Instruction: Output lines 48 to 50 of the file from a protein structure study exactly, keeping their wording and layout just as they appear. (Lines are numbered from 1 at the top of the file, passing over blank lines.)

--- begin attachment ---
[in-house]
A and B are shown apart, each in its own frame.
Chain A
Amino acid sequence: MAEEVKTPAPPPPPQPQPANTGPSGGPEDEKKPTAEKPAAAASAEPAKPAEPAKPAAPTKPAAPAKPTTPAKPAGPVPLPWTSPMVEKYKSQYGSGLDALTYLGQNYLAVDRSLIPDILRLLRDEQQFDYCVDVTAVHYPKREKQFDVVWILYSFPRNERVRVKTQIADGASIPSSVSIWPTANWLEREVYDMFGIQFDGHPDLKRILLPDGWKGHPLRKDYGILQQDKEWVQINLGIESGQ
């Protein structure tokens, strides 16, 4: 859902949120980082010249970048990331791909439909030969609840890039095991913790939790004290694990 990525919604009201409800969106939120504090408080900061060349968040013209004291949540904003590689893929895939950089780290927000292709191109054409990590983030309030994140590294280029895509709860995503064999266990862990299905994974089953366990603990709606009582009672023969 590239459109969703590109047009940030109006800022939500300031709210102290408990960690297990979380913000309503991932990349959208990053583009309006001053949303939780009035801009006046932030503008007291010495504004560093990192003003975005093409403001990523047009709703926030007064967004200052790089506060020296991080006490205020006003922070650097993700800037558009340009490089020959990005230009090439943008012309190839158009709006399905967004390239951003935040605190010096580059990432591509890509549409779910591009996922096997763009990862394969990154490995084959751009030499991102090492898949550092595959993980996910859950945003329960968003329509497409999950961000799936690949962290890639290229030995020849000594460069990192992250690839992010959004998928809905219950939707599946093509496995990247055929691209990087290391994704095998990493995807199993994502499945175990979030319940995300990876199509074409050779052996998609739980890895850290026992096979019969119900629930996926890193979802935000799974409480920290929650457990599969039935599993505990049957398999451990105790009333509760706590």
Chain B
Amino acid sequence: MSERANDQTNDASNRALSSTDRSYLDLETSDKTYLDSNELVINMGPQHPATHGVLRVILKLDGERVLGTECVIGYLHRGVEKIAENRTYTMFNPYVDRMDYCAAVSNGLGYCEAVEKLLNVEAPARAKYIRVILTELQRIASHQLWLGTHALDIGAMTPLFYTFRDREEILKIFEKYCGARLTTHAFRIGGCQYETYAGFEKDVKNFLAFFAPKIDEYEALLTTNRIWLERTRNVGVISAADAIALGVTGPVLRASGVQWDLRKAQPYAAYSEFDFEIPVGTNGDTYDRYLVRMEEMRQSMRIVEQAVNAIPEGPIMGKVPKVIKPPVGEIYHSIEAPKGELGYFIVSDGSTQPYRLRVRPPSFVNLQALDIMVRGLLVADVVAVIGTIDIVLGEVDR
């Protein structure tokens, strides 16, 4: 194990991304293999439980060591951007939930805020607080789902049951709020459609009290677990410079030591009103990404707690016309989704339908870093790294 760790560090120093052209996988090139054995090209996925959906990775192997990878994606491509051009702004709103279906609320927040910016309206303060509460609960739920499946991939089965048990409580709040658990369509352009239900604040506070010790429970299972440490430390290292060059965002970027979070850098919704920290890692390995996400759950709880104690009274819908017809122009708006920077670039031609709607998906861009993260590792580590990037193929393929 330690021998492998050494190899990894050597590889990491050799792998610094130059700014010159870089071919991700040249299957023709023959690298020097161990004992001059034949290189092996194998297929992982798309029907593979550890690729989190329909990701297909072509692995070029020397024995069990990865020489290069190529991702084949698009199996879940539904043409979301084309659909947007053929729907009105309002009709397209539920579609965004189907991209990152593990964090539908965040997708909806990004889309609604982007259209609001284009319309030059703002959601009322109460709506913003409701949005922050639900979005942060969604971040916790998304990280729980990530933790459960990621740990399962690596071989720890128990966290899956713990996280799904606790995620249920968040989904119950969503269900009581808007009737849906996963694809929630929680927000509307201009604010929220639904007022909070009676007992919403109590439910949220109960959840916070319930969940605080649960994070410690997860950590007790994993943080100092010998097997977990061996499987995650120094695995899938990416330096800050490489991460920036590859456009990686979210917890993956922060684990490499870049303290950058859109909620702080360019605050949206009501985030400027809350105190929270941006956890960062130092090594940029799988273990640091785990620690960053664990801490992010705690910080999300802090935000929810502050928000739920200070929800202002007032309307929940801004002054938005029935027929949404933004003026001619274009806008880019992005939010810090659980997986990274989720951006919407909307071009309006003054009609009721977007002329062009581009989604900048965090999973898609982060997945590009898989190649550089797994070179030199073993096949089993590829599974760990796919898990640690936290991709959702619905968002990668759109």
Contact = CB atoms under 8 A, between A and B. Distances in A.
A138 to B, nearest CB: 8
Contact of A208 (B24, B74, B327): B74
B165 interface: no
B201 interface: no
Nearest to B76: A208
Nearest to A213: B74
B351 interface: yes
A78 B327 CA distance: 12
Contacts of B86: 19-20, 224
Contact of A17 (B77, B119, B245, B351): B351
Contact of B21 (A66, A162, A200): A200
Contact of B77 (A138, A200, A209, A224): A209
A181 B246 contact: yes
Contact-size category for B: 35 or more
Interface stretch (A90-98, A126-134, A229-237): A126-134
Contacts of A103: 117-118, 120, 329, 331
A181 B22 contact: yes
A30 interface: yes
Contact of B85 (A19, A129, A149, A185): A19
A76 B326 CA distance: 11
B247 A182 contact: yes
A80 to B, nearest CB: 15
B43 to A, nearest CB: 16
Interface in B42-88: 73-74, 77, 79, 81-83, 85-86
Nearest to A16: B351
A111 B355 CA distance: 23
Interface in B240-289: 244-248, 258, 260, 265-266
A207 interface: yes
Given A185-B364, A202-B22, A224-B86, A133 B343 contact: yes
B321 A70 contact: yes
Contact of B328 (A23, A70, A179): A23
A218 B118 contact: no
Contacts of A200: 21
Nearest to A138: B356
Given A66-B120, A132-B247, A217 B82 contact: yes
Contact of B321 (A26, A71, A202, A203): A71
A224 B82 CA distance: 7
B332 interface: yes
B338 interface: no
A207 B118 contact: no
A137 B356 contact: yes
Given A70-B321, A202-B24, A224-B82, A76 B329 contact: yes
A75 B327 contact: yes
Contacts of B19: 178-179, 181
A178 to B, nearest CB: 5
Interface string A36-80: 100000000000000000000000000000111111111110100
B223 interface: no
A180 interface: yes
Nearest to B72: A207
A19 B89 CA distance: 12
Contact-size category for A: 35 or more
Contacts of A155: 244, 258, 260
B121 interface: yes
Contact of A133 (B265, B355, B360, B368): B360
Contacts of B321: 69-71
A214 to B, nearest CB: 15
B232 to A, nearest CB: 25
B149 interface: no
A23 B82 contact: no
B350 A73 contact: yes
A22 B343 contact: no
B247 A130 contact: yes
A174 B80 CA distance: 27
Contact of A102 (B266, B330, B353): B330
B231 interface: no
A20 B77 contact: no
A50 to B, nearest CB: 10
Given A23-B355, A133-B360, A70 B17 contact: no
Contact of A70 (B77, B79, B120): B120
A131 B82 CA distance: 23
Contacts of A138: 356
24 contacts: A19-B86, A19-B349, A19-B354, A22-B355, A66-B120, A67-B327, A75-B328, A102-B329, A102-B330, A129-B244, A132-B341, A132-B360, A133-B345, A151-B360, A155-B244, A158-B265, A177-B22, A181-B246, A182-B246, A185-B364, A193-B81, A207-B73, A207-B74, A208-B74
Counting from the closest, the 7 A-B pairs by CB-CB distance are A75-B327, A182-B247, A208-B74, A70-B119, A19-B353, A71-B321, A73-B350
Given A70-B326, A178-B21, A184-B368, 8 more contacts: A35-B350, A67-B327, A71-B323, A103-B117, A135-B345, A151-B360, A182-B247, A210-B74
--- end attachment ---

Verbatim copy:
B338 interface: no
A207 B118 contact: no
A137 B356 contact: yes